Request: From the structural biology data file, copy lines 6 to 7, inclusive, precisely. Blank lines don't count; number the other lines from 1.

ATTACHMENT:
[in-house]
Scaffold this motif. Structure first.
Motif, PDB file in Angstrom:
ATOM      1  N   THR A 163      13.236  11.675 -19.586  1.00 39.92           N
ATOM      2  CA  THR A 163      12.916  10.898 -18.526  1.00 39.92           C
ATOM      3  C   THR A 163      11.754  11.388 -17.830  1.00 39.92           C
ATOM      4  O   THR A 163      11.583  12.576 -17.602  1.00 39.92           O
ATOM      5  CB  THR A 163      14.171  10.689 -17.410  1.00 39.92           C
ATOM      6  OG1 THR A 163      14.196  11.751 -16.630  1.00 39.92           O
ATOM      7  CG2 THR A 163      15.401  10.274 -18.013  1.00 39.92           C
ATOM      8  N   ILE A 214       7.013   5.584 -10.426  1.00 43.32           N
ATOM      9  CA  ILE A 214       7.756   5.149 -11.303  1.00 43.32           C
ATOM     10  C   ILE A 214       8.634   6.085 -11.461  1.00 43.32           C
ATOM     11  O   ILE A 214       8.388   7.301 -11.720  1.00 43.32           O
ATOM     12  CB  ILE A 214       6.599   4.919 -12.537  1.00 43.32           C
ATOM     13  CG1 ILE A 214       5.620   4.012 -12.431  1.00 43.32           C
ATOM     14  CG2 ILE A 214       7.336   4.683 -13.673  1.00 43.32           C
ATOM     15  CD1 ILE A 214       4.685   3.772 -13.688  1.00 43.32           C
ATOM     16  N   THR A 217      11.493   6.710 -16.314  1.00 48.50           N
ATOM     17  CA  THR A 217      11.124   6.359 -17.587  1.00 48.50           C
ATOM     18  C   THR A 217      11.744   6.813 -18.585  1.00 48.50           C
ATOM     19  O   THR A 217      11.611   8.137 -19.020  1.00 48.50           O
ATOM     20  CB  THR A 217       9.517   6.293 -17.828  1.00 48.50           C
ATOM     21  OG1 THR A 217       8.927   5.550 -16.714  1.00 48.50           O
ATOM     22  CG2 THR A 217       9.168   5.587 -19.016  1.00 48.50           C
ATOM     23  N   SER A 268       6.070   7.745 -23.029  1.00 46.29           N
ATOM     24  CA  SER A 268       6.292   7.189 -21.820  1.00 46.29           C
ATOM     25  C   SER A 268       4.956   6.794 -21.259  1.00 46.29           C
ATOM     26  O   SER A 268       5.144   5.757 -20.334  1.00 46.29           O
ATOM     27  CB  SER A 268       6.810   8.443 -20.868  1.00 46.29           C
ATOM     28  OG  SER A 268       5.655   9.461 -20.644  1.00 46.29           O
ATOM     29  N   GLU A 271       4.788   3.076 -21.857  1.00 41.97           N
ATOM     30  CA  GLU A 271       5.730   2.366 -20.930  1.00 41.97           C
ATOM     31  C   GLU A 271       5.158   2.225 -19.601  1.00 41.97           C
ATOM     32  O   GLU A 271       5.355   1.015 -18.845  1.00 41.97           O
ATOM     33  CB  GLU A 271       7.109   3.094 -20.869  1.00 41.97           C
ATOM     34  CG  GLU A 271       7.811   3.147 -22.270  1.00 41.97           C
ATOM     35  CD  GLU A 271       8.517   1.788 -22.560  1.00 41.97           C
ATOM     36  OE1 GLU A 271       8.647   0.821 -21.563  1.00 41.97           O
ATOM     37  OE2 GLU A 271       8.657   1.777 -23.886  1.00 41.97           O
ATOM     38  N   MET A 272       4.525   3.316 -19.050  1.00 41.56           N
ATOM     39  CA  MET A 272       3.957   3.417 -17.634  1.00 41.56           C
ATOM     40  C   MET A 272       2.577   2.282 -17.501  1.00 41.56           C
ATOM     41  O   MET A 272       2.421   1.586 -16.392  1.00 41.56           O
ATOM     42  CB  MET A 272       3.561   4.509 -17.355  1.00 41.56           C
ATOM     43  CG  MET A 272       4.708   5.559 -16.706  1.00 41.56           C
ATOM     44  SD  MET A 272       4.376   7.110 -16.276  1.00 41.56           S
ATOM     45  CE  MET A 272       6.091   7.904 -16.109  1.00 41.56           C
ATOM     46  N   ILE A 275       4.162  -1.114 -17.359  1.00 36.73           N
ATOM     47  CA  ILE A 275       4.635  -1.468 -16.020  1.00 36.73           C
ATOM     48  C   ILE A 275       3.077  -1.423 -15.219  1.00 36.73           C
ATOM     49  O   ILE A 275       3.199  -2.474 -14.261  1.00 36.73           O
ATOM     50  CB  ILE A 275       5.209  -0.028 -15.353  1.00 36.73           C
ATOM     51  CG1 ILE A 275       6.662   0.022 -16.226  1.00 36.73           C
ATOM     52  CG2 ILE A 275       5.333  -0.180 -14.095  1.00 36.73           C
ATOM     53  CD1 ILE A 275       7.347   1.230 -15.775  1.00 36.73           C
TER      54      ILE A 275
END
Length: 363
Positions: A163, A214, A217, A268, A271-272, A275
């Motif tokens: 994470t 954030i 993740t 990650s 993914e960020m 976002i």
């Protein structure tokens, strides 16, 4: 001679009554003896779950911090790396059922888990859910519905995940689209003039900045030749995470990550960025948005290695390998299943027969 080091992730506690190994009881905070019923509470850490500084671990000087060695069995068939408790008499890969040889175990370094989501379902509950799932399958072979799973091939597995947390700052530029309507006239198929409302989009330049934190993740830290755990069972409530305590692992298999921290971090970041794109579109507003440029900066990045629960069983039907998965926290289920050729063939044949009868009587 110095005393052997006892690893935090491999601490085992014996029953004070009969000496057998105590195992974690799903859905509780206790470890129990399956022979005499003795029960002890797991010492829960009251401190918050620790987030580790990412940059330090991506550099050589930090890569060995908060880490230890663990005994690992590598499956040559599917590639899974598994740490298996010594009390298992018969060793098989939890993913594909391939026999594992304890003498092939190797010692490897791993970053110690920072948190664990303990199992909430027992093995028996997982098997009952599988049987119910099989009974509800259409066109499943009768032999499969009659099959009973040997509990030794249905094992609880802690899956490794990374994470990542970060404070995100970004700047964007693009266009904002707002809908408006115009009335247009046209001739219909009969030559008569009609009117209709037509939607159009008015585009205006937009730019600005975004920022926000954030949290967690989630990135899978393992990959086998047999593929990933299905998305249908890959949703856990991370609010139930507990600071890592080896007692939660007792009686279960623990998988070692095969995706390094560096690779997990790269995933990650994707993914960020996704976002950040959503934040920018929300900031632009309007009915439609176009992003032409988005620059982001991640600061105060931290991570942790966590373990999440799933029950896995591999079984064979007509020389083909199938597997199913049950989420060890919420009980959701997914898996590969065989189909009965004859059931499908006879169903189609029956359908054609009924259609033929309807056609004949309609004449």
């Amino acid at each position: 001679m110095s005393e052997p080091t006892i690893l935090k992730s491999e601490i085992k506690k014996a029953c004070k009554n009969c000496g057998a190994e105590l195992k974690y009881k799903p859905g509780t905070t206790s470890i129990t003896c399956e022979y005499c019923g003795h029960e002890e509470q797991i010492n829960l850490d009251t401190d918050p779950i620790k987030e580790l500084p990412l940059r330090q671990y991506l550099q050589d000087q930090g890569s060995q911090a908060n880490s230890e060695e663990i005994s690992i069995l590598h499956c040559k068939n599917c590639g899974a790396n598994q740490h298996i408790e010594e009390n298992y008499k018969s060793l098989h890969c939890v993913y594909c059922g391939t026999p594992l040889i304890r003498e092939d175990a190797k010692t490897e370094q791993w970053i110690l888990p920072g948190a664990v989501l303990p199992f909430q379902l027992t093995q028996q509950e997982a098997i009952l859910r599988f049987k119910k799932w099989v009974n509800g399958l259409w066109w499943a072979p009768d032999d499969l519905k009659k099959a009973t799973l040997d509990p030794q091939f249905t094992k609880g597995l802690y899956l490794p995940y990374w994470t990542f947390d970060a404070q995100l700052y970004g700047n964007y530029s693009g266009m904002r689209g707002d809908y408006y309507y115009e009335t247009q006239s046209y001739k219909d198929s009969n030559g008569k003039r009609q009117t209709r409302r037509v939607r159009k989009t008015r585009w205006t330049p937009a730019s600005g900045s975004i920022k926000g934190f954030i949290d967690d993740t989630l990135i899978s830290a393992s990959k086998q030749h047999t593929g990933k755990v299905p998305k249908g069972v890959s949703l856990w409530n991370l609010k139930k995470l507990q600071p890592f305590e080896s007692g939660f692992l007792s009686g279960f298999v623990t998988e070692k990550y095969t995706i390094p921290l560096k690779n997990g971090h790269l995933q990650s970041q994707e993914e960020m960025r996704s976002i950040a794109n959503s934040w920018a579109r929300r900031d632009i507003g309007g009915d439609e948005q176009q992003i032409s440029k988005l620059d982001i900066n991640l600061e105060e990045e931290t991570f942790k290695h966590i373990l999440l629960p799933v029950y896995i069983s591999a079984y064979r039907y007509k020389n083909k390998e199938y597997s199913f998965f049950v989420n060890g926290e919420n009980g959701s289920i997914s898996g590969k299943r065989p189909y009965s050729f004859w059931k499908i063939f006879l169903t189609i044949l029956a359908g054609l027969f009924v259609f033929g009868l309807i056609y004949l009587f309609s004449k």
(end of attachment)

ATOM      3  C   THR A 163      11.754  11.388 -17.830  1.00 39.92           C
ATOM      4  O   THR A 163      11.583  12.576 -17.602  1.00 39.92           O